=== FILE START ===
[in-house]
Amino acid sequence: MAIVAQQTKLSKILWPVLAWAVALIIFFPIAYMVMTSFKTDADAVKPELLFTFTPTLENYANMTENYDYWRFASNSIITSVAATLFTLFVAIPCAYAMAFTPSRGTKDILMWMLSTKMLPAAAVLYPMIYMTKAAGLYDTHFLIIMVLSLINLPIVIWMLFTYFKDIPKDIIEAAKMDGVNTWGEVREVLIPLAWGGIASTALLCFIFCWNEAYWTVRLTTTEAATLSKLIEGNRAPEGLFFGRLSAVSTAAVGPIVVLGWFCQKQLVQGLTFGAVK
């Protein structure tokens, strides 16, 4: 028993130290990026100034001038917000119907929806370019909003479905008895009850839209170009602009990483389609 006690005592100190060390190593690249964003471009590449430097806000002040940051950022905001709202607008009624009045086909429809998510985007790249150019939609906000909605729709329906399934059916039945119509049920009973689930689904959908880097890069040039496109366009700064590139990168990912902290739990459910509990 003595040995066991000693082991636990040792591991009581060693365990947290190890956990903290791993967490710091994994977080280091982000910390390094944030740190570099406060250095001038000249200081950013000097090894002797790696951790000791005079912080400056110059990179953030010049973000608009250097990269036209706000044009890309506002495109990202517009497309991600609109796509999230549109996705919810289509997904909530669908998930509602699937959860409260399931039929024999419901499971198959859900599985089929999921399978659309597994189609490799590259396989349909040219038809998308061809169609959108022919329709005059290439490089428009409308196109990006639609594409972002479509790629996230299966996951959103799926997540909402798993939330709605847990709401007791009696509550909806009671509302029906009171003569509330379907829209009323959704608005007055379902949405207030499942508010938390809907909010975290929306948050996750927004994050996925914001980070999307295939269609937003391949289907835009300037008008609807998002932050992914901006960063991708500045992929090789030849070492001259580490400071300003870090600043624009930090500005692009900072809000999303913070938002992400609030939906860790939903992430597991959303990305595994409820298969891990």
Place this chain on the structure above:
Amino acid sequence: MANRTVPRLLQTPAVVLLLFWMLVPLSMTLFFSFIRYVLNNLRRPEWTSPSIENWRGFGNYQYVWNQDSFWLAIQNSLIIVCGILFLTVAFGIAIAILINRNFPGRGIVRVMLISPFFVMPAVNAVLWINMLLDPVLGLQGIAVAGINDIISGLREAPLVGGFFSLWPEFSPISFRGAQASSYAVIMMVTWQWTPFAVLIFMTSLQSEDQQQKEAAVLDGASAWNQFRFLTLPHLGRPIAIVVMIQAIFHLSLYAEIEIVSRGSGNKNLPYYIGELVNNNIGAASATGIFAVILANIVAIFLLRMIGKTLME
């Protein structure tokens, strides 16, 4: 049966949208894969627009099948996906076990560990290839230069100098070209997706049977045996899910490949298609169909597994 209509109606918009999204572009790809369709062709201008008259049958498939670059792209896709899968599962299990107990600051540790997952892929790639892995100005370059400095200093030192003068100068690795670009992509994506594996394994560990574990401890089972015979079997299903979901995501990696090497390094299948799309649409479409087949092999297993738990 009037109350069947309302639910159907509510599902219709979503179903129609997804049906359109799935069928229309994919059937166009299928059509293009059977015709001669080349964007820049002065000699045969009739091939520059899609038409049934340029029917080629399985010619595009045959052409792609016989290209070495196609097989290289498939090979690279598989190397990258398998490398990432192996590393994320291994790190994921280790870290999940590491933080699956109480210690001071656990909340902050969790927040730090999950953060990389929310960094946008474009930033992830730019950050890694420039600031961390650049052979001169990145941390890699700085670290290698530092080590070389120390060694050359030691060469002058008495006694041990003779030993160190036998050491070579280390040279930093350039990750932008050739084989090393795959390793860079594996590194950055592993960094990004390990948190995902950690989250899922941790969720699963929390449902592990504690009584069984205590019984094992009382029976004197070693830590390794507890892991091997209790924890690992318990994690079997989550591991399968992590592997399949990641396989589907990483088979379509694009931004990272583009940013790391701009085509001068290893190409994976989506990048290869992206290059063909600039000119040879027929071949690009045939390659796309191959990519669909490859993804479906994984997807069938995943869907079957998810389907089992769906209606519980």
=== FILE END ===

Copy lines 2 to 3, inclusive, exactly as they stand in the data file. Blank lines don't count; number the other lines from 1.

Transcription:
Amino acid sequence: MAIVAQQTKLSKILWPVLAWAVALIIFFPIAYMVMTSFKTDADAVKPELLFTFTPTLENYANMTENYDYWRFASNSIITSVAATLFTLFVAIPCAYAMAFTPSRGTKDILMWMLSTKMLPAAAVLYPMIYMTKAAGLYDTHFLIIMVLSLINLPIVIWMLFTYFKDIPKDIIEAAKMDGVNTWGEVREVLIPLAWGGIASTALLCFIFCWNEAYWTVRLTTTEAATLSKLIEGNRAPEGLFFGRLSAVSTAAVGPIVVLGWFCQKQLVQGLTFGAVK
């Protein structure tokens, strides 16, 4: 028993130290990026100034001038917000119907929806370019909003479905008895009850839209170009602009990483389609 006690005592100190060390190593690249964003471009590449430097806000002040940051950022905001709202607008009624009045086909429809998510985007790249150019939609906000909605729709329906399934059916039945119509049920009973689930689904959908880097890069040039496109366009700064590139990168990912902290739990459910509990 003595040995066991000693082991636990040792591991009581060693365990947290190890956990903290791993967490710091994994977080280091982000910390390094944030740190570099406060250095001038000249200081950013000097090894002797790696951790000791005079912080400056110059990179953030010049973000608009250097990269036209706000044009890309506002495109990202517009497309991600609109796509999230549109996705919810289509997904909530669908998930509602699937959860409260399931039929024999419901499971198959859900599985089929999921399978659309597994189609490799590259396989349909040219038809998308061809169609959108022919329709005059290439490089428009409308196109990006639609594409972002479509790629996230299966996951959103799926997540909402798993939330709605847990709401007791009696509550909806009671509302029906009171003569509330379907829209009323959704608005007055379902949405207030499942508010938390809907909010975290929306948050996750927004994050996925914001980070999307295939269609937003391949289907835009300037008008609807998002932050992914901006960063991708500045992929090789030849070492001259580490400071300003870090600043624009930090500005692009900072809000999303913070938002992400609030939906860790939903992430597991959303990305595994409820298969891990």